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donald trump appoints to take that job right now. so even with all of the controversy, with everything that's gone on that we've seen so far, i would say that it would still be better to keep him in place as somebody who is independent and didn't come in through donald trump. >> congressman joaquin castro of texas, thank you for being here. appreciate your comments. >> thank you. >> let's see what you are saying about our microsoft pulse question. are you concerned about your healthcare being impacted by an obamacare repeal? 95% of you overwhelmingly say yes, that this is a concern right now, just 5% for the moment say no. eight not scientific, which is why we want to hear from more of you. keep voting at >> attorney general loretta lynch says the chicago police department violated the civil rights of citizens through the use of excessive force. we'll have details about this alarming new report next live on msnbc. to do the best
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back live on msnbc, the other big story we're following at this hour the justice department scathing report winding widespread racial bias and unconstitutional policing in the chicago police department. the doj's 13mont long investigation was prompted by the shocking video of a white police officer shooting 17-year-old laqwan macdonald as he appeared to be running away from the police during a pursuit. rahm emmanuel initially resisted the investigation of the police department. gabe gutierrez, this was striking to see loretta lynch standing before the cameras making this assessment. what does it mean for the chicago police department right now, and moving forward into the future? >> hi there, peter, good afternoon. there are many questions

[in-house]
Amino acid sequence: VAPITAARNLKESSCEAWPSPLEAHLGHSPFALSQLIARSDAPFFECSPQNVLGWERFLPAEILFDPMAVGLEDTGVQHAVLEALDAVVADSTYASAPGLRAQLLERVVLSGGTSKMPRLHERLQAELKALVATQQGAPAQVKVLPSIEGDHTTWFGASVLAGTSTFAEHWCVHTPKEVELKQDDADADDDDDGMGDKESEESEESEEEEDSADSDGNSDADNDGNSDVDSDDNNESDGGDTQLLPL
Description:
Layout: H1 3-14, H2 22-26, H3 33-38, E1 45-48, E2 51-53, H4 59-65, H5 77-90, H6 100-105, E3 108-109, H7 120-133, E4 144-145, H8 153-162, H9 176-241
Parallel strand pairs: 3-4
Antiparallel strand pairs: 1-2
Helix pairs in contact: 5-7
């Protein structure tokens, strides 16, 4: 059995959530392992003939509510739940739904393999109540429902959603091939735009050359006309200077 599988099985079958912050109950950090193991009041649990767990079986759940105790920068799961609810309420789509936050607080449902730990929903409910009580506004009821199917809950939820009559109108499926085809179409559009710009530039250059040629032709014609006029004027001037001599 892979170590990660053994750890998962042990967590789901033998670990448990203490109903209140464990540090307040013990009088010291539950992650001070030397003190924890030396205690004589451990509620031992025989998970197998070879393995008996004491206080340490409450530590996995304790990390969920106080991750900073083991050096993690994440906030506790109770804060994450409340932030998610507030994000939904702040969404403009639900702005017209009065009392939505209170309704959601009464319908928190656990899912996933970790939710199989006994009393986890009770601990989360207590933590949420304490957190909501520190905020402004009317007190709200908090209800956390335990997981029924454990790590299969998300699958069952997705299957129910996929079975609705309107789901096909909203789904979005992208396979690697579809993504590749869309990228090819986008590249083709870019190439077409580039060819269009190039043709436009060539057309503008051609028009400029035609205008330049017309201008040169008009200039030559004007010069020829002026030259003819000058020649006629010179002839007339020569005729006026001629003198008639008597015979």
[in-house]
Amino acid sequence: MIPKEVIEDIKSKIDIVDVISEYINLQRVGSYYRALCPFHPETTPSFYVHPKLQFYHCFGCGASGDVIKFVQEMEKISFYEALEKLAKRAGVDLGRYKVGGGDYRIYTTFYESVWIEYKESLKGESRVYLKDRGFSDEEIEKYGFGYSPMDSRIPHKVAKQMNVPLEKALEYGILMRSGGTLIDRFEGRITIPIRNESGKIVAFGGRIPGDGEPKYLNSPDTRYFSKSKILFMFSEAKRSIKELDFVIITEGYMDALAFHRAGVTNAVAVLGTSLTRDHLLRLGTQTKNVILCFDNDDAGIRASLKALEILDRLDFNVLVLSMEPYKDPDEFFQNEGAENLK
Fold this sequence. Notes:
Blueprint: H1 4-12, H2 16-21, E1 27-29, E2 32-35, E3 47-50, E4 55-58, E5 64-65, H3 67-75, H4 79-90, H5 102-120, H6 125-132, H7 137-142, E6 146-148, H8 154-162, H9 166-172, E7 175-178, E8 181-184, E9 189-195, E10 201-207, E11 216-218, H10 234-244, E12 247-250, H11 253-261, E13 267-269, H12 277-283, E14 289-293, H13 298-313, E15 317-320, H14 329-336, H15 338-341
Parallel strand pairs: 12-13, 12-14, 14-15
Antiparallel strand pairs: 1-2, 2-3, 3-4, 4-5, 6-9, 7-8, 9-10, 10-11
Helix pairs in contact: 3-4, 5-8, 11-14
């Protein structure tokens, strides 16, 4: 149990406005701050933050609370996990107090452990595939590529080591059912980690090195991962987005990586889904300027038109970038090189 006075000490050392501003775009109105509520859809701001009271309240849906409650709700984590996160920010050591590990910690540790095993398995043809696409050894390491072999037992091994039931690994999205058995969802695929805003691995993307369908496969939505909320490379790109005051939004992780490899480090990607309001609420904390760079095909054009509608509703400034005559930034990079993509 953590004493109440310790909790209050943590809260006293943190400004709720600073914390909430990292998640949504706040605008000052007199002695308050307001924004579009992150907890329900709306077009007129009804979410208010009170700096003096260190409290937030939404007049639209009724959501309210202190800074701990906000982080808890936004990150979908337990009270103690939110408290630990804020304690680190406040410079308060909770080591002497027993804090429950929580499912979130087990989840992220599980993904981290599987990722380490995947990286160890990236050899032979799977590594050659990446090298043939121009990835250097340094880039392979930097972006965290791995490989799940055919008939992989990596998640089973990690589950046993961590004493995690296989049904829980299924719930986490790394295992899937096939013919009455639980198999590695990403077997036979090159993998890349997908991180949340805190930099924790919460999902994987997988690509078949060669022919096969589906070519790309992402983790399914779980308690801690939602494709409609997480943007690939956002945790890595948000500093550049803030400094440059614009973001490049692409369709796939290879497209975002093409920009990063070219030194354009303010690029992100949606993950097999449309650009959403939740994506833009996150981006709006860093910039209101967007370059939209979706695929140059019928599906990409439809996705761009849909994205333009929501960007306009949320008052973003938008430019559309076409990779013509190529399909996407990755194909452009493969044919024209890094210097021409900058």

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regarding that considering that the trump administration will be taking over, and its nominee for attorney general, jeff sessions, has said that he's not a fan of using federal courts to bring about local police reform. the local from term order of police, the head of the fop is also calling this a rush job but let's take a look right now at some of the things found in this report, if we can put those up. the attorney general loretta lynch said there was a pattern or practice of using force including deadly force in violation of the fourth amendment by the chicago police department. also a failure to collect adequate data to determine whether force was used correctly and that there was low officer morale and low officer accountability and also severely deficient training within the chicago police department, including that during the police academy, some trainees were viewing videos, training videos that were in some cases decades